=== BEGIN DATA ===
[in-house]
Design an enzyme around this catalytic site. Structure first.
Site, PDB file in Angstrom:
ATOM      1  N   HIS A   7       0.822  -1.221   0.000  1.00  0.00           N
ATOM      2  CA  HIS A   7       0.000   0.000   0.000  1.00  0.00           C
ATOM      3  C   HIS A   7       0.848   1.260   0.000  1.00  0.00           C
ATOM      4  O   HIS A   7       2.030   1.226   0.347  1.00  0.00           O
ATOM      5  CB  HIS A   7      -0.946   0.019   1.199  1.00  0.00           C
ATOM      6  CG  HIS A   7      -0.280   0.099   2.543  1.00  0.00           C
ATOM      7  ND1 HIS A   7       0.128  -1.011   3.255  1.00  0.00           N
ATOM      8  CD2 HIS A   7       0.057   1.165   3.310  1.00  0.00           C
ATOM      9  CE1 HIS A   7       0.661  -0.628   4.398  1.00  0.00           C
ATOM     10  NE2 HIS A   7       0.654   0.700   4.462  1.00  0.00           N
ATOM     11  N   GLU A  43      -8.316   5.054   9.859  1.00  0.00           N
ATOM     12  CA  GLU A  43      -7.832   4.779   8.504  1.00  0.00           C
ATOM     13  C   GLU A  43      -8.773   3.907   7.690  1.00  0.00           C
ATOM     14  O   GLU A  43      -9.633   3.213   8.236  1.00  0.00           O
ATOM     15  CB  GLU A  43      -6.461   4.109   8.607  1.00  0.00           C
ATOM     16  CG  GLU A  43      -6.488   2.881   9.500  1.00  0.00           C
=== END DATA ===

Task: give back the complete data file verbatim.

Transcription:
[in-house]
Design an enzyme around this catalytic site. Structure first.
Site, PDB file in Angstrom:
ATOM      1  N   HIS A   7       0.822  -1.221   0.000  1.00  0.00           N
ATOM      2  CA  HIS A   7       0.000   0.000   0.000  1.00  0.00           C
ATOM      3  C   HIS A   7       0.848   1.260   0.000  1.00  0.00           C
ATOM      4  O   HIS A   7       2.030   1.226   0.347  1.00  0.00           O
ATOM      5  CB  HIS A   7      -0.946   0.019   1.199  1.00  0.00           C
ATOM      6  CG  HIS A   7      -0.280   0.099   2.543  1.00  0.00           C
ATOM      7  ND1 HIS A   7       0.128  -1.011   3.255  1.00  0.00           N
ATOM      8  CD2 HIS A   7       0.057   1.165   3.310  1.00  0.00           C
ATOM      9  CE1 HIS A   7       0.661  -0.628   4.398  1.00  0.00           C
ATOM     10  NE2 HIS A   7       0.654   0.700   4.462  1.00  0.00           N
ATOM     11  N   GLU A  43      -8.316   5.054   9.859  1.00  0.00           N
ATOM     12  CA  GLU A  43      -7.832   4.779   8.504  1.00  0.00           C
ATOM     13  C   GLU A  43      -8.773   3.907   7.690  1.00  0.00           C
ATOM     14  O   GLU A  43      -9.633   3.213   8.236  1.00  0.00           O
ATOM     15  CB  GLU A  43      -6.461   4.109   8.607  1.00  0.00           C
ATOM     16  CG  GLU A  43      -6.488   2.881   9.500  1.00  0.00           C